Navy executive: DoD budget process must keep up with real needs

Juliet Beyler describes herself as the “money, people and things” person for her region of the Navy. She is one of three people with the title of executive director, each working for one of the Navy’s four-star commands. Those are U.S. Fleet Forces at Norfolk, Virginia; Pacific Fleet in Hawaii; and Naval Forces Europe and Africa, where Beyler works from Naples, Italy.

The top uniforms focus on the fleet as fighting unit. “My job,” Beyler said, “is to focus on getting the the things they need to fight.”

That requires more than ensuring the fleet forces have enough fuel, gray paint and potatoes. Naval strategies, Beyler said, must align with national defense strategy. Therefore the executive directors also focus on what joint commanders in the respective theaters “are looking for us to do as the naval component of those theaters.” This while also supporting the force commander’s “cardinal priorities,” she added.

Planning for the future – ensuring sufficient money, people and things are there to support the strategy – is neither simple nor linear. Threats change, the Navy must move resources and deploy numbered fleets in different ways. Congressional priorities change, and even then appropriations are almost never available on the first day of a fiscal year.

Beyler said her challenge is balancing all this against the multi-year spending system known as the planning, programming, budgeting and execution process. PPBE starts with a document known as the POM, or Program Objective Memorandum. The core of the PPBE, originally known as PPBS, was established under Robert S. McNamara in the 1960s and has undergone alterations from time to time. Congress recently established a commission to study reform, but it won’t have even an interim report until early 2023.

For now, then, the PPBE is what it is, and military leaders must deal with it.

“It’s a very dynamic theater, and things are changing,” Beyler said. “But of course, the POM cycle is, you identify something, and it’s two to three years later that you might see the initiation of that resourcing. That’s a challenge that we’re facing right now.”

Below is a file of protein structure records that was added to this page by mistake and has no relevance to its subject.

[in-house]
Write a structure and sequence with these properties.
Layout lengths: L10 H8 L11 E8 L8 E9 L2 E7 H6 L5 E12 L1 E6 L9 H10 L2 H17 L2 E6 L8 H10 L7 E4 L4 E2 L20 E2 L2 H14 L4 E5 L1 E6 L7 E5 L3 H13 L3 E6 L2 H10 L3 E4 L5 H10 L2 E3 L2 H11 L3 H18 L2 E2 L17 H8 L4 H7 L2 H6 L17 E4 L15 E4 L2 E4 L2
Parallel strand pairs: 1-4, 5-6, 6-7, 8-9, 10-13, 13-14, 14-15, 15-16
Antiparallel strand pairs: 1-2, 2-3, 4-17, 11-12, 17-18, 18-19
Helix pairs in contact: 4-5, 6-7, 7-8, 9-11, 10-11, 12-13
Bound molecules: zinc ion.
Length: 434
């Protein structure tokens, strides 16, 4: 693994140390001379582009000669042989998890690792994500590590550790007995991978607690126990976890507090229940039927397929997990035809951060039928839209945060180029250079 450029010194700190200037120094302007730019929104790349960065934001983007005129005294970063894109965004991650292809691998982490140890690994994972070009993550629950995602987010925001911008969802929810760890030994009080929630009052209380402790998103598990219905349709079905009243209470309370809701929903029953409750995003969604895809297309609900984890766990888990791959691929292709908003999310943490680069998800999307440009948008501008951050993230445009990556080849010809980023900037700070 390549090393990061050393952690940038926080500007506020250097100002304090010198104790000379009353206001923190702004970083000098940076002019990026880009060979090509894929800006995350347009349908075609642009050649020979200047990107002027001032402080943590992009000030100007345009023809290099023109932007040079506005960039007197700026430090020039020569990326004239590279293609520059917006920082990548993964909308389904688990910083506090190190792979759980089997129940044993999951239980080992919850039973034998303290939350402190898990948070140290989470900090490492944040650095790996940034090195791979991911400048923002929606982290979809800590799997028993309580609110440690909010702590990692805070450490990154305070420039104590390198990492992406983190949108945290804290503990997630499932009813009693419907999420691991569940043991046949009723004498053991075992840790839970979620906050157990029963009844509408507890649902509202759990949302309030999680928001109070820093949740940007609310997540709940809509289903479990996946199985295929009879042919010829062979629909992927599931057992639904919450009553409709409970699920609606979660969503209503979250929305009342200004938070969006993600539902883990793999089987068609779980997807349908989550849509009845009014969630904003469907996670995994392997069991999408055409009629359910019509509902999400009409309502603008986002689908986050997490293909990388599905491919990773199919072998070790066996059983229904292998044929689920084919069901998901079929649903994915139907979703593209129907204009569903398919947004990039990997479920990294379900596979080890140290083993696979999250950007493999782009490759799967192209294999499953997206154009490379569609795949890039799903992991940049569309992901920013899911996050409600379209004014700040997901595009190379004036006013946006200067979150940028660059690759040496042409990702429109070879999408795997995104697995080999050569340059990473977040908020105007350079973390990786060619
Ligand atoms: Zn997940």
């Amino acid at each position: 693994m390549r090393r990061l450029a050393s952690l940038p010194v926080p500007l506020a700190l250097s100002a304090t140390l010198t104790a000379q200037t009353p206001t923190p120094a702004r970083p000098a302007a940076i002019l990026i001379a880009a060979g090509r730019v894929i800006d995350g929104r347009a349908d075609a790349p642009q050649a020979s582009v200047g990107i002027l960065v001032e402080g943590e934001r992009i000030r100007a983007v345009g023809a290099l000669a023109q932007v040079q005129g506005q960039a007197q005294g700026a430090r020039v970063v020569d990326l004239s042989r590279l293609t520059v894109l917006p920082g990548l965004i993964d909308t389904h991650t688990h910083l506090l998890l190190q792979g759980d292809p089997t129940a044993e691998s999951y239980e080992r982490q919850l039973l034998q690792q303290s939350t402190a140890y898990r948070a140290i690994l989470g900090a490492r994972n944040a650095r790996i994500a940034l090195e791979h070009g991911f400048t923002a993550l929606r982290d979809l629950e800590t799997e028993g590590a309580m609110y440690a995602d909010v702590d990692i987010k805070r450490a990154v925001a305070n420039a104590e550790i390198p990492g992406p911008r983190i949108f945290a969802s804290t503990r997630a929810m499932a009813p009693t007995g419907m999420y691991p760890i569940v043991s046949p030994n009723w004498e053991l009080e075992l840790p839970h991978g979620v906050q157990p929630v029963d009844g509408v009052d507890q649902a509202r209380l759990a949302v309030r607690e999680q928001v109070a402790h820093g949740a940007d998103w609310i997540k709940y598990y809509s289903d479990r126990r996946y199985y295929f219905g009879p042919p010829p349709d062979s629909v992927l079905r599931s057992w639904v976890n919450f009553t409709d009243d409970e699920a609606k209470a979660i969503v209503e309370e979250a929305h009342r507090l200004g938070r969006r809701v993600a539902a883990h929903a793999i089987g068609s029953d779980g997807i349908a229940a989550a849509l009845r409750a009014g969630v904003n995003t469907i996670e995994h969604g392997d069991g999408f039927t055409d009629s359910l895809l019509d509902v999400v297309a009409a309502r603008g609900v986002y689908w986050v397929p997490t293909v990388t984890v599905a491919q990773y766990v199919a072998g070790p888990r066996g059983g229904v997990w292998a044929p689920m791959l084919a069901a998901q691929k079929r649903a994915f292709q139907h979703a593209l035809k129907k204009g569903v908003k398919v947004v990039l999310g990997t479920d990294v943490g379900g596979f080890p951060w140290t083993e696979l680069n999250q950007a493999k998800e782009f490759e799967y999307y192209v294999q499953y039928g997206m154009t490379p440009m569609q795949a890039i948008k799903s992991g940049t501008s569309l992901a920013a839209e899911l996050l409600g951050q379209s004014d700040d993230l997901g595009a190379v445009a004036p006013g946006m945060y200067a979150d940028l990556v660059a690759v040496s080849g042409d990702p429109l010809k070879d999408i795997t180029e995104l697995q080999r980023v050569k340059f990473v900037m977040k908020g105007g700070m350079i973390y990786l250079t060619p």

Beyler cited the need for systems and operations to blend with NATO forces, and the developing plans for more “laydown” strength in the Arctic region as the types of dynamics that somehow have to translate into the right resources at the right time through the four-year PPBE.

She added, priorities have sometimes changed by the time money comes through. “In military construction, for instance, we have projects that were planned five, six, seven years ago, and now we’re getting ready to break ground. They finally made it all the way through the budget process.” Sometimes that gives rise to the question, “Is that really where we need the construction dollars right now?”

Spreadsheets still rule

With respect to the planning and budget process, Beyler noted that the Navy is working on a project to make a digital POM.

“But at least in Naval Forces Europe and Africa, unfortunately, we are still very much working with spreadsheets,” she said. It’s often difficult, she added, to gather the data needed to evaluate programs and make the case for budget requests.

The various operating groups, Beyler said, have a good handle on their immediate budgetary needs. What’s more difficult under the PPBE is how to match up long-term plans and budgets.

In the Arctic example, Beyler said, “We say we need to operate up there. We say we need more access, but have we actually put in everything that we need to make that happen. Do we have the logistics? Do we have the international agreements? Do we have the military construction? Have we looked at the IT infrastructure? Do we have the theater logistic lines? For us, it’s looking at what we have in the POM and making sure that we’re covering everything that we need to cover.”

Often, the Navy can reallocate current dollars for an operational need – itself a time-consuming process. For example, the need may arise to deploy a certain number of P8 submarine detecting aircraft. Should that develop into a longer-term requirement, Beyler said, it can also turn into a budgeting challenge.

“What we haven’t done very well is then work that back through the process to say, okay, how do we ensure that we build the budget to ensure that we fund that requirement moving forward? We’ve solved an emergent problem, but we’ve created a longer term problem for ourselves, because we haven’t actually tied it into the PPBE process.”

Beyler doesn’t find the PPBE process totally inflexible, but says it can present difficulties in dynamic situations. She added, “It’s trying to be everything to everybody, from the acquisition community all the way to … the very operational day-to-day Echelon 2 level. And so, how do you make a system that works for everyone?”

Pulling together data for long term planning can also present a challenge.

“We are very much trying to work to how we are measuring the return on investment on the operations activities and investments that we make throughout the Europe and Africa theatres,” Beyler said. “And then, how do we articulate that value not only to our combatant commanders, but as well to the Navy.”

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